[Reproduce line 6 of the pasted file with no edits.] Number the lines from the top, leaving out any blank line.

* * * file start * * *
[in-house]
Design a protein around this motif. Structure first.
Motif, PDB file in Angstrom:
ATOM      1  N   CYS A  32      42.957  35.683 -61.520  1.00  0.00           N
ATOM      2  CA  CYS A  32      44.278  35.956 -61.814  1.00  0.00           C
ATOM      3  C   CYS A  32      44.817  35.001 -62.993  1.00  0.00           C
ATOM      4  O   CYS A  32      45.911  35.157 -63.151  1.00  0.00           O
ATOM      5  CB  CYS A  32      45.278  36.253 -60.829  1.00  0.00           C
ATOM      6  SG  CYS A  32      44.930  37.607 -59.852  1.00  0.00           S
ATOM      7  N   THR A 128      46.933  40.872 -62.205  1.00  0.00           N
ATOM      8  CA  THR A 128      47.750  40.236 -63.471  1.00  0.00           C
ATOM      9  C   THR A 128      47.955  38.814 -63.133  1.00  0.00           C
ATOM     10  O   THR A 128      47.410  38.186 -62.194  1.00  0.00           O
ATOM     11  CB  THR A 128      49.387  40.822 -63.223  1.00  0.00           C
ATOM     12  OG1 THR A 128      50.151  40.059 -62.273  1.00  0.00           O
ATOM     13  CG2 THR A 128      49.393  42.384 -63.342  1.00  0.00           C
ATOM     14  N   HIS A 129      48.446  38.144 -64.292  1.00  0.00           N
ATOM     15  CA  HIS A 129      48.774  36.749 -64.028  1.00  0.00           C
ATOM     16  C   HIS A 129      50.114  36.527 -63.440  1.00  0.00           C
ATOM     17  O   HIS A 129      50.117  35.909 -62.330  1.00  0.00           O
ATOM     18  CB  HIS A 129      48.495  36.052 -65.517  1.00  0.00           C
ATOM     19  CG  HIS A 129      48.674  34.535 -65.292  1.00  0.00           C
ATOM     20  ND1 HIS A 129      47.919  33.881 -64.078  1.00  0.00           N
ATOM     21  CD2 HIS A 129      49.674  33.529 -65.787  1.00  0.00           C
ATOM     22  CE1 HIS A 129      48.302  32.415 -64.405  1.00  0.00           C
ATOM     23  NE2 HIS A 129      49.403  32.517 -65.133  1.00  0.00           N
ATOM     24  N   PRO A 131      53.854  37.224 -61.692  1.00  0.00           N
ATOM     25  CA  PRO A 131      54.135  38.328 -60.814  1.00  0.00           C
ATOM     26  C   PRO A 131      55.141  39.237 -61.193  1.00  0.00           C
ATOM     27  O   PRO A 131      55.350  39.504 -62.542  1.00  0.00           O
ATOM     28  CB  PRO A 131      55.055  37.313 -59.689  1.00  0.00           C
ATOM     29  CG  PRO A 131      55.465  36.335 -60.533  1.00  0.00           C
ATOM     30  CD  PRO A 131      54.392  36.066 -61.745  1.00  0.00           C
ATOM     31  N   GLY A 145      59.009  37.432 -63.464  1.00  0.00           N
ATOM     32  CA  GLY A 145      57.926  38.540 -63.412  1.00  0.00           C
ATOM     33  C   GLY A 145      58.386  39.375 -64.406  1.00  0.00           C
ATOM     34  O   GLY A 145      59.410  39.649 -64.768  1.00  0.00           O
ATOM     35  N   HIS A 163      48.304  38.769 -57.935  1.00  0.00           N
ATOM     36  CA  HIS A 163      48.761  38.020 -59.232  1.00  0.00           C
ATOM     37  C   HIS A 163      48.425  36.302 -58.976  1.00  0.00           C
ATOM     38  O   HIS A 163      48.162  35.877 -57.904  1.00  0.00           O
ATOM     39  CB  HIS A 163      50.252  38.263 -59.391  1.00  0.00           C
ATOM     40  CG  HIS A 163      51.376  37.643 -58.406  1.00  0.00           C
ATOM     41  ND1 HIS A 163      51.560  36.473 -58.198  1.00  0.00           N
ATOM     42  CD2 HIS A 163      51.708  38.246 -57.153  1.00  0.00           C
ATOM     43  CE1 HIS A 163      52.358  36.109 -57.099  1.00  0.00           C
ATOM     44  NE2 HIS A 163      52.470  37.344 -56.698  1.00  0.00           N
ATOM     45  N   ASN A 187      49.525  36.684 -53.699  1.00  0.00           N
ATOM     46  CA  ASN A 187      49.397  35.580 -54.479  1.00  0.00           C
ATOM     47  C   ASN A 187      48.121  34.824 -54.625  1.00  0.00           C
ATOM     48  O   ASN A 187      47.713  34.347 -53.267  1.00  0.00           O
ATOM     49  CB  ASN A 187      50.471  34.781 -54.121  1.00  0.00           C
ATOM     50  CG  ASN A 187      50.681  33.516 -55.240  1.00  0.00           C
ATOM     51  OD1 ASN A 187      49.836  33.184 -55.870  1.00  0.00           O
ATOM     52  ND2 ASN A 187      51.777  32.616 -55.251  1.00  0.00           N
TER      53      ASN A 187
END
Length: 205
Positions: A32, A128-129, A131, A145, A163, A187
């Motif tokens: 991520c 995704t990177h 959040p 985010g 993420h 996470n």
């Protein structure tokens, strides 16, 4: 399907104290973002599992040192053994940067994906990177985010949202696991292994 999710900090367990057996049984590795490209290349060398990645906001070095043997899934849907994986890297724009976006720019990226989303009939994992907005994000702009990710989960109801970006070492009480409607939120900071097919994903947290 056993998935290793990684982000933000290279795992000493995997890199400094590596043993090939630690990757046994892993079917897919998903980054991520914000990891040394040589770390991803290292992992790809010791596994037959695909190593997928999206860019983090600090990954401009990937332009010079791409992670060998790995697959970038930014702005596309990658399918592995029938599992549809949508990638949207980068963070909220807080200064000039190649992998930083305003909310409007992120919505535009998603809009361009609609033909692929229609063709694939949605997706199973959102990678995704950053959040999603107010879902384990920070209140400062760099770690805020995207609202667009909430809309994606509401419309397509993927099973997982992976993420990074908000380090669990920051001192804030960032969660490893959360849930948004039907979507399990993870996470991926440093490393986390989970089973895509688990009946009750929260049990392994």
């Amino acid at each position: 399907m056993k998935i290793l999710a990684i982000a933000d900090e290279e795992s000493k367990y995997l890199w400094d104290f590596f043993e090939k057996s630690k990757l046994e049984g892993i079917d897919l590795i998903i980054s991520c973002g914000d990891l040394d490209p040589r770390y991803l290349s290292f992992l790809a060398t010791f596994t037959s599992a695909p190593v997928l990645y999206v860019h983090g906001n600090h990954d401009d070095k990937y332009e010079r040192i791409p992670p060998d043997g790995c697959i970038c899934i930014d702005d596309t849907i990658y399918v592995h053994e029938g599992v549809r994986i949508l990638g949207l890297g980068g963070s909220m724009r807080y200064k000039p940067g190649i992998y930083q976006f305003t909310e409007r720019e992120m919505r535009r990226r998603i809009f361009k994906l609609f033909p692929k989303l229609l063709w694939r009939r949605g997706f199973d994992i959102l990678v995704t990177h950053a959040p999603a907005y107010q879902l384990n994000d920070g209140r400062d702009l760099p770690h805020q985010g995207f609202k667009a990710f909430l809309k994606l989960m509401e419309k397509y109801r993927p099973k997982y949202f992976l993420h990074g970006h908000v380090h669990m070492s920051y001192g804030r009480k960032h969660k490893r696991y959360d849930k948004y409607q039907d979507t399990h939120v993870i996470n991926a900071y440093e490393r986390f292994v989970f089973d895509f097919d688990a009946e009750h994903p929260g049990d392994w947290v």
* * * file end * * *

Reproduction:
ATOM      3  C   CYS A  32      44.817  35.001 -62.993  1.00  0.00           C